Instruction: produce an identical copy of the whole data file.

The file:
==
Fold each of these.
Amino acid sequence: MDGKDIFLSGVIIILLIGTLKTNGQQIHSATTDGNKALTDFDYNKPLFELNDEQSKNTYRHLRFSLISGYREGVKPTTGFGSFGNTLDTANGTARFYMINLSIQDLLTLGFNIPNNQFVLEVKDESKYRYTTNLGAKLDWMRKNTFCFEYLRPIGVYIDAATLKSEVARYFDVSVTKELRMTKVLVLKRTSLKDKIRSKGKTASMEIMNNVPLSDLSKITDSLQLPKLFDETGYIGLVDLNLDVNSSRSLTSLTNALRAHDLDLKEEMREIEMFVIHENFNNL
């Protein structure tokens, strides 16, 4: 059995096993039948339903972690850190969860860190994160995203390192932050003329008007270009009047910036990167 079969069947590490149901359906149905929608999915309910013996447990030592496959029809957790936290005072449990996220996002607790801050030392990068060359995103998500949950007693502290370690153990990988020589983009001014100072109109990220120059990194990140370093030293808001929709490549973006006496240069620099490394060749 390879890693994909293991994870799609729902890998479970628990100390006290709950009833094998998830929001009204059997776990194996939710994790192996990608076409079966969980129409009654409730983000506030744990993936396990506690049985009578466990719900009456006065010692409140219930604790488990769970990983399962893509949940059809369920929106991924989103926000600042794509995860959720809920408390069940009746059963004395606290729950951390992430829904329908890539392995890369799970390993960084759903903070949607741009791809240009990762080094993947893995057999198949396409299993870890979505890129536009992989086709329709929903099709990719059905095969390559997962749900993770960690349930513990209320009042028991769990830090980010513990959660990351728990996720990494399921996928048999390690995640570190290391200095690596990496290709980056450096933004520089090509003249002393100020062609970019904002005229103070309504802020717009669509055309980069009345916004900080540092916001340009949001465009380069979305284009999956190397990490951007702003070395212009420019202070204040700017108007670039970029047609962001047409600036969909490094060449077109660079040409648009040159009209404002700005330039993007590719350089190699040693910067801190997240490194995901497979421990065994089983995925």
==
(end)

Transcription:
Fold each of these.
Amino acid sequence: MDGKDIFLSGVIIILLIGTLKTNGQQIHSATTDGNKALTDFDYNKPLFELNDEQSKNTYRHLRFSLISGYREGVKPTTGFGSFGNTLDTANGTARFYMINLSIQDLLTLGFNIPNNQFVLEVKDESKYRYTTNLGAKLDWMRKNTFCFEYLRPIGVYIDAATLKSEVARYFDVSVTKELRMTKVLVLKRTSLKDKIRSKGKTASMEIMNNVPLSDLSKITDSLQLPKLFDETGYIGLVDLNLDVNSSRSLTSLTNALRAHDLDLKEEMREIEMFVIHENFNNL
């Protein structure tokens, strides 16, 4: 059995096993039948339903972690850190969860860190994160995203390192932050003329008007270009009047910036990167 079969069947590490149901359906149905929608999915309910013996447990030592496959029809957790936290005072449990996220996002607790801050030392990068060359995103998500949950007693502290370690153990990988020589983009001014100072109109990220120059990194990140370093030293808001929709490549973006006496240069620099490394060749 390879890693994909293991994870799609729902890998479970628990100390006290709950009833094998998830929001009204059997776990194996939710994790192996990608076409079966969980129409009654409730983000506030744990993936396990506690049985009578466990719900009456006065010692409140219930604790488990769970990983399962893509949940059809369920929106991924989103926000600042794509995860959720809920408390069940009746059963004395606290729950951390992430829904329908890539392995890369799970390993960084759903903070949607741009791809240009990762080094993947893995057999198949396409299993870890979505890129536009992989086709329709929903099709990719059905095969390559997962749900993770960690349930513990209320009042028991769990830090980010513990959660990351728990996720990494399921996928048999390690995640570190290391200095690596990496290709980056450096933004520089090509003249002393100020062609970019904002005229103070309504802020717009669509055309980069009345916004900080540092916001340009949001465009380069979305284009999956190397990490951007702003070395212009420019202070204040700017108007670039970029047609962001047409600036969909490094060449077109660079040409648009040159009209404002700005330039993007590719350089190699040693910067801190997240490194995901497979421990065994089983995925």